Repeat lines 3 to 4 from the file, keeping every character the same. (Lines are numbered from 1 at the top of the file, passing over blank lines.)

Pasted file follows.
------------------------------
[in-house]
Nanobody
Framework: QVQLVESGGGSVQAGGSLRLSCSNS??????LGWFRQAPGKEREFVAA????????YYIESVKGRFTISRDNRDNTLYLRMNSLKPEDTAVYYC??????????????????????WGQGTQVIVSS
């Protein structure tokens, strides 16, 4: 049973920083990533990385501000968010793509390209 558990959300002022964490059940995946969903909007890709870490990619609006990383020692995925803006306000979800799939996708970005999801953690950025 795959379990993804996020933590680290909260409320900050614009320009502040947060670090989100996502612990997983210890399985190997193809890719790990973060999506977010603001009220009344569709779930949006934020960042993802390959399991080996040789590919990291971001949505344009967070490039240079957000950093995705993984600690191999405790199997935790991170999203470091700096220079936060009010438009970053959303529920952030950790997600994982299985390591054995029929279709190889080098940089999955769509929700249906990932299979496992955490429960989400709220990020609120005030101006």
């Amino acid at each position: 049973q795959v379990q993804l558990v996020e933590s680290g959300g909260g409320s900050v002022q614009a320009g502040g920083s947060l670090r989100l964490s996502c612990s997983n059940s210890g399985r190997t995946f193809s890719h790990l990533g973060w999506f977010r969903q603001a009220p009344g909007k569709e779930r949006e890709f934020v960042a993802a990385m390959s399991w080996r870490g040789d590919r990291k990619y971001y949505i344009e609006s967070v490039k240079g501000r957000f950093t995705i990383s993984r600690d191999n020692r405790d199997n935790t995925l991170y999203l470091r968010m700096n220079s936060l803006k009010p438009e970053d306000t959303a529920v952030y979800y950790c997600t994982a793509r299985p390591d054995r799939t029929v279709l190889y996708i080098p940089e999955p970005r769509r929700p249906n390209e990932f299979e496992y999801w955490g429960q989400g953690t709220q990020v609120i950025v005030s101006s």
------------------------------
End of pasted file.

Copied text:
Framework: QVQLVESGGGSVQAGGSLRLSCSNS??????LGWFRQAPGKEREFVAA????????YYIESVKGRFTISRDNRDNTLYLRMNSLKPEDTAVYYC??????????????????????WGQGTQVIVSS
């Protein structure tokens, strides 16, 4: 049973920083990533990385501000968010793509390209 558990959300002022964490059940995946969903909007890709870490990619609006990383020692995925803006306000979800799939996708970005999801953690950025 795959379990993804996020933590680290909260409320900050614009320009502040947060670090989100996502612990997983210890399985190997193809890719790990973060999506977010603001009220009344569709779930949006934020960042993802390959399991080996040789590919990291971001949505344009967070490039240079957000950093995705993984600690191999405790199997935790991170999203470091700096220079936060009010438009970053959303529920952030950790997600994982299985390591054995029929279709190889080098940089999955769509929700249906990932299979496992955490429960989400709220990020609120005030101006």